There’s a perverse little saying I heard from a beloved Frenchman once, we will call him PP. He was expounding on the virtues of cheese and wine at a supper soirée and he poured a glass of a delicious red wine for the group, pushed the cheeseboard into the middle of the table and said “eat some of this… drink some of that… open your cheese…”.
This of course was followed by much tittering and guffawing and cries of “open your cheese”, “will you open my cheese?” And various ruder variations. But funnily enough, that saying has stuck with the rest of us and we frequently looked for good pairings of wine and fromage that would allow our cheeses to be opened.
PP was of course referring to that amazing revelation on your palette, when you eat and drink a great pairing of wine and cheese that allows the incredible flavours in the cheese to really develop when mixed on your tongue with a delicious wine. If you are lucky, it could be a pungent cheese with a delicious fruity red, or a salty hard cheese with a tart and dry white. After dinner of course, it should always be a red, perhaps paired with a little chocolate too, to really let you, along with the rest of the French population understand that dinner is over.
Unsurprisingly, cheese and wine in French West Africa were excellent and, if you were willing to pay for it (through the nose, natch!), you could get unbelievably good imported French cheeses and wines which would please even the most snobbish Bon Viveur.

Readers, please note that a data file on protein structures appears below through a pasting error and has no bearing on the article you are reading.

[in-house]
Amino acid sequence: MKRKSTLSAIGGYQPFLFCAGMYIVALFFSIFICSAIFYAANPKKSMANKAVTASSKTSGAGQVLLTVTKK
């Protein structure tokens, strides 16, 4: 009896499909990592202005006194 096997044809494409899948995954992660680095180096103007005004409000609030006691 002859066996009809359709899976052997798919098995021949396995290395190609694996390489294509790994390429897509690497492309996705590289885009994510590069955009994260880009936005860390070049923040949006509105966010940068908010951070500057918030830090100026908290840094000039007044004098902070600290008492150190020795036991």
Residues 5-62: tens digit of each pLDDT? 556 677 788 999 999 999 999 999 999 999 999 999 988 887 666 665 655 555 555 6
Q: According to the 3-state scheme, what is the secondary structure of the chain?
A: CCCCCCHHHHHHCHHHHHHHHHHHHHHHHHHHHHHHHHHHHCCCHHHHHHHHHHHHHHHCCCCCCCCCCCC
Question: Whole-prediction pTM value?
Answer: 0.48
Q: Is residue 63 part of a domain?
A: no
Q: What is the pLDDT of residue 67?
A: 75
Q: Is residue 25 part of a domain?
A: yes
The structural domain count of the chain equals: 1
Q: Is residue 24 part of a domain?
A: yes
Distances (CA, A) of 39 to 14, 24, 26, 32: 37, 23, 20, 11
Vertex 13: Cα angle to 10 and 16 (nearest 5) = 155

We had a little trick for finding a good bottle of wine, that again came from the wise PP. To find a truly amazing red, look for three key elements… If you had all three the bottle would be superb…
Firstly, look for a picture of a chateau on the bottle, then check that the alcohol content is greater than 13.5 percent, and finally, you have to study the “punt”. This is the indent in the bottom of the bottle that I used to think was a clever way for the wine makers to give us less wine. I have since been educated by my Frenchie friend that the deeper the punt, the more expensive the bottle, and who in their right mind would put cheap plonk in an expensive bottle of wine right?
Right. It works people, if you are in French West Africa, and similarly I must assume, France. On the other hand, when I attempted to follow this in the UK or the USA, I had little to no luck. And the reason for this? The US is all about wine from the Americas. If you go to the European sections, those bottles that meet the criteria are super expensive. Otherwise, you are faced with generic bottles of wine that I can’t believe anyone buys. In the UK, the wine shelves are overflowing with wines from the New World. And it is hard to pay five times the price of one of those young energetic wines, just to revisit old memories of having one’s cheese opened.
Now the Frenchie in question, our PP, visited recently and found out that we checked out a vineyard once and bought him a special bottle of wine that we tasted, just because we thought it would open his favorite cheese beautifully. After supper, he came to try it, along with some hideously expensive imported cheese from a likely looking region of France. Monsieur le PP came to know that even though the Americans had no culture or sophistication, we could buy items here that could be bought in France, or Gabon, and that his two years of careful tuition in all things Francophile had not gone to waste. The beatific smile on his face as his cheese was opened in the good ole US of A was a sight to behold and it made us proud…